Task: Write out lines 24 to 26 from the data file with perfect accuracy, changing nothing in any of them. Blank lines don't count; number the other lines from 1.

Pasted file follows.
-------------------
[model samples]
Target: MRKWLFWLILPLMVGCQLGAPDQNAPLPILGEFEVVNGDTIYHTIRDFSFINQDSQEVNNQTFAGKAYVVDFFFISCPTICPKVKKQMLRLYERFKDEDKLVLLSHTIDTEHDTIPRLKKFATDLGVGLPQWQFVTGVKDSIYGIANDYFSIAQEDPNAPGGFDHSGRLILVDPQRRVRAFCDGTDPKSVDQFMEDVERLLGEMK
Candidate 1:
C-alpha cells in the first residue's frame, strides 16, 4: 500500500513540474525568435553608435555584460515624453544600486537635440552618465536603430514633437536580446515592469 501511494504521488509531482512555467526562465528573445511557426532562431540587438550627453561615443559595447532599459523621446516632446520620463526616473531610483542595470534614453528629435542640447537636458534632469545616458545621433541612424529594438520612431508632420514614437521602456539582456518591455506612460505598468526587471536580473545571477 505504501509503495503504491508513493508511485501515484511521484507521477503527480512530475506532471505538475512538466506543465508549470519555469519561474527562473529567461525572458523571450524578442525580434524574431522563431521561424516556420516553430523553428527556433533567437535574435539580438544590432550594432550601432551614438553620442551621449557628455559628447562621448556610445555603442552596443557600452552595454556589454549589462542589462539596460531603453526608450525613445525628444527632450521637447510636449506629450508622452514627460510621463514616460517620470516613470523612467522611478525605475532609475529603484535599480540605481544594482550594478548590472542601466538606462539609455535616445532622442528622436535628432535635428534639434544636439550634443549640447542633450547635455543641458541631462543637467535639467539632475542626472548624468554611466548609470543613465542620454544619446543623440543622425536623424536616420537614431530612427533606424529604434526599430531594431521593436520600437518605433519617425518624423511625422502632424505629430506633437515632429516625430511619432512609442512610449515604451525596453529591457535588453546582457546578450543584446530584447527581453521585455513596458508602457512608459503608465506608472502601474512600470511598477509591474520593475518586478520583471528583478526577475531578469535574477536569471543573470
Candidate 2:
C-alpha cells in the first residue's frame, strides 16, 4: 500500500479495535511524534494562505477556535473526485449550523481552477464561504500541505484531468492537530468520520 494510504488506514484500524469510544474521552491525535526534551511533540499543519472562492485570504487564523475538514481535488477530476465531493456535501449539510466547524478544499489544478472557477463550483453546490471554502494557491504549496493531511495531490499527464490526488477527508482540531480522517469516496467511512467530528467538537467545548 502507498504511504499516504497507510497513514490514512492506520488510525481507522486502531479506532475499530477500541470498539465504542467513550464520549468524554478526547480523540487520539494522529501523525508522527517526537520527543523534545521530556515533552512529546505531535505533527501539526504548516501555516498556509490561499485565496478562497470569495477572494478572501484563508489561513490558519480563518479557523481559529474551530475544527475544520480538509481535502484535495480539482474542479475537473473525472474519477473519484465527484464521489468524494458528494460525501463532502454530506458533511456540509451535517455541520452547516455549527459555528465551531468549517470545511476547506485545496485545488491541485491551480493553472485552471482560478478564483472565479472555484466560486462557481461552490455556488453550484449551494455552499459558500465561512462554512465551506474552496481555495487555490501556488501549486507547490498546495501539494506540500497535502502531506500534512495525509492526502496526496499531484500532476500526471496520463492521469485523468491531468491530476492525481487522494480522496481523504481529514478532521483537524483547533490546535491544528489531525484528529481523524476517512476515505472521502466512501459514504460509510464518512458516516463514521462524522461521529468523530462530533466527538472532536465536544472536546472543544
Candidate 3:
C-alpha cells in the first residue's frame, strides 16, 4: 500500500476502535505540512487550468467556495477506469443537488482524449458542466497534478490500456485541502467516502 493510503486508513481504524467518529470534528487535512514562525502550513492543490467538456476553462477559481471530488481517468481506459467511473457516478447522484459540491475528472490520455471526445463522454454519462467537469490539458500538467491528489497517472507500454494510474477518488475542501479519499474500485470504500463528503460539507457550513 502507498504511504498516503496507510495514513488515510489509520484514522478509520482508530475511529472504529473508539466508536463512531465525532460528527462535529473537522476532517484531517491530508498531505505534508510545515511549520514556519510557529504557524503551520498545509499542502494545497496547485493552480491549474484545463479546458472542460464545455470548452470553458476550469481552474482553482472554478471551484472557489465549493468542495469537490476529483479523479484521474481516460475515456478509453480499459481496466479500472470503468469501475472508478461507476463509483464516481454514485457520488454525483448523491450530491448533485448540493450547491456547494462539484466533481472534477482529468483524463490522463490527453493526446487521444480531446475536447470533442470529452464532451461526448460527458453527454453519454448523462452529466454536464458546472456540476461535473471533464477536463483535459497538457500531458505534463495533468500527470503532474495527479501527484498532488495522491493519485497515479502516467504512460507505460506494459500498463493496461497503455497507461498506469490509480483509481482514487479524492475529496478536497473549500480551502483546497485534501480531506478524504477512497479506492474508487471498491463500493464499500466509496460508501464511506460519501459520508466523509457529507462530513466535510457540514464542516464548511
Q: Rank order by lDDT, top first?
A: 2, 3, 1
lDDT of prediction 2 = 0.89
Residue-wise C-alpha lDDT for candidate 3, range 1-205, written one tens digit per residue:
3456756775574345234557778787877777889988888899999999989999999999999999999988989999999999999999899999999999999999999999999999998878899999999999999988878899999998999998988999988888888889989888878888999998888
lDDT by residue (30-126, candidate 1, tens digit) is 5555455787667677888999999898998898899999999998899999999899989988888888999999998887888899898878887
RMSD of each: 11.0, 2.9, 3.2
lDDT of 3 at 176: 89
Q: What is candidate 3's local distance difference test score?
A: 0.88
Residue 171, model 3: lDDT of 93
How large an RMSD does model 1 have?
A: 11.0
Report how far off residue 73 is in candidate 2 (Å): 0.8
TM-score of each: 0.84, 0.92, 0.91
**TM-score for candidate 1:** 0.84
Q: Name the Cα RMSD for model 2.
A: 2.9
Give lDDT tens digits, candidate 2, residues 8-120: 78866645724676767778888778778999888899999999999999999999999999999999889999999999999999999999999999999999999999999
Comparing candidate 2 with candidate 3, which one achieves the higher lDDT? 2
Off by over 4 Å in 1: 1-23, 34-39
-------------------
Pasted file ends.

**TM-score for candidate 1:** 0.84
Q: Name the Cα RMSD for model 2.
A: 2.9